Celebrated poet in baby-sitting project

Award-winning performance poet Linda Gabriel has added baby-sitting to her entrepreneurial business ventures to avoid depending on stage performances for a livelihood.

By Kennedy Nyavaya

Linda Gabriel

Linda Gabriel

In an interview with The Standard Style, the revered wordsmith who doubles as a wardrobe consultant and seasonally sells winter scarfs said that instead of complaining about meagre financial gains in the artistic sector, she was using her other talents to make a living.

“It is not every time that a poet gets hired locally and even if they get hired, they usually do not get lucrative income off it,” she said.

“As artists, I think we should not just continue to complain about the sector but rather be innovative and use our skills to create other ways of getting income.”

Gabriel has over the years attested to the necessity to do more than just art to meet daily basic needs despite creating multiple synergies and sharing the stage with musicians and other artists.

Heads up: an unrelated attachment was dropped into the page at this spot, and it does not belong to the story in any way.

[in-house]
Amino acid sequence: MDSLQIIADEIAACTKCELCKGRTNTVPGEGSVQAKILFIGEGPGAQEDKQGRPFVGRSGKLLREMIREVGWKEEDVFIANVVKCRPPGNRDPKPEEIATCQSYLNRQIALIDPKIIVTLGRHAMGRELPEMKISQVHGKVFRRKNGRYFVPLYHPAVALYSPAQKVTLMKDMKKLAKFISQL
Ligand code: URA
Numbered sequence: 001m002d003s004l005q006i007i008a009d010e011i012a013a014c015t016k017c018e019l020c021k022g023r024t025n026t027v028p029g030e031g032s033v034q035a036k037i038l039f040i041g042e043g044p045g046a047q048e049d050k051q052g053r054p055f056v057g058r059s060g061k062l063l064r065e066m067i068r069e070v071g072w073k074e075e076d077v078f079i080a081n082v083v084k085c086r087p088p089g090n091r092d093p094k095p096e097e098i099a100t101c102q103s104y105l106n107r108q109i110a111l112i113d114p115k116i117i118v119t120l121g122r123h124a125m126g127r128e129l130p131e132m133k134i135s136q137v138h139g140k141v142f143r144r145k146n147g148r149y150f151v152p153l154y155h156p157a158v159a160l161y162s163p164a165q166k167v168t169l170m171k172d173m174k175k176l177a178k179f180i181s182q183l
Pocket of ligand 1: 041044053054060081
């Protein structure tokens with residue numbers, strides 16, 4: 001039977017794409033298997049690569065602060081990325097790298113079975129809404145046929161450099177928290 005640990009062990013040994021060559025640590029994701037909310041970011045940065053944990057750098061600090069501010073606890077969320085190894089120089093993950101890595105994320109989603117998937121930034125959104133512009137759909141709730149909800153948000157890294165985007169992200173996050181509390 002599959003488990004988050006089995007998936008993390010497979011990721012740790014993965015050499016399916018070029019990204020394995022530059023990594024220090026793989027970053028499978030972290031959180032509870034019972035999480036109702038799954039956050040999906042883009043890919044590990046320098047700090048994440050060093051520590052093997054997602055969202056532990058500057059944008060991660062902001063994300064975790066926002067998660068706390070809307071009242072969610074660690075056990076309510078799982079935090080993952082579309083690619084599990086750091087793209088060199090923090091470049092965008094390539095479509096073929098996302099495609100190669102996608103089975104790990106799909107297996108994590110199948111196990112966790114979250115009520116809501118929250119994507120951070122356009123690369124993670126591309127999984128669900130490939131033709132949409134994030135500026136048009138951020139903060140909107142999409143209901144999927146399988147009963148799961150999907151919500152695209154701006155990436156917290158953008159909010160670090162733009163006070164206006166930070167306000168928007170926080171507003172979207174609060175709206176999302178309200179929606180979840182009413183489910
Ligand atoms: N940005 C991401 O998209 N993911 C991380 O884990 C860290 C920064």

Armed with a degree in Applied Drama and Theatre coupled with a passion for children, her services include use of applied drama techniques to teach elements around reading communication and basic mathematics.

“I use what I learned so my clients understand the value I add on their children through teaching, although I do not do chores since I am not a maid,” she said.

Known for touring around the world in her career spanning over a decade, she added that she would minimise her frequent expeditions so as to focus on her businesses at home.

“This year I have no intention of flying out and if something comes up, I will be going for a few days then come back because I need to be here and it is an issue of consistence and trust that has to be created between me and my clients,” she said.

Having done the same business in neighbouring South Africa and Germany before, her plans locally are to open an agency that trains more people in order to ease her workload.

Poetry, which is largely deemed an “unpopular art” worldwide, has hardly been a main way of income generation even for pundits in the craft.

In Zimbabwe the situation has deteriorated further over the years owing to many factors, including closure of platforms that used to host poets.

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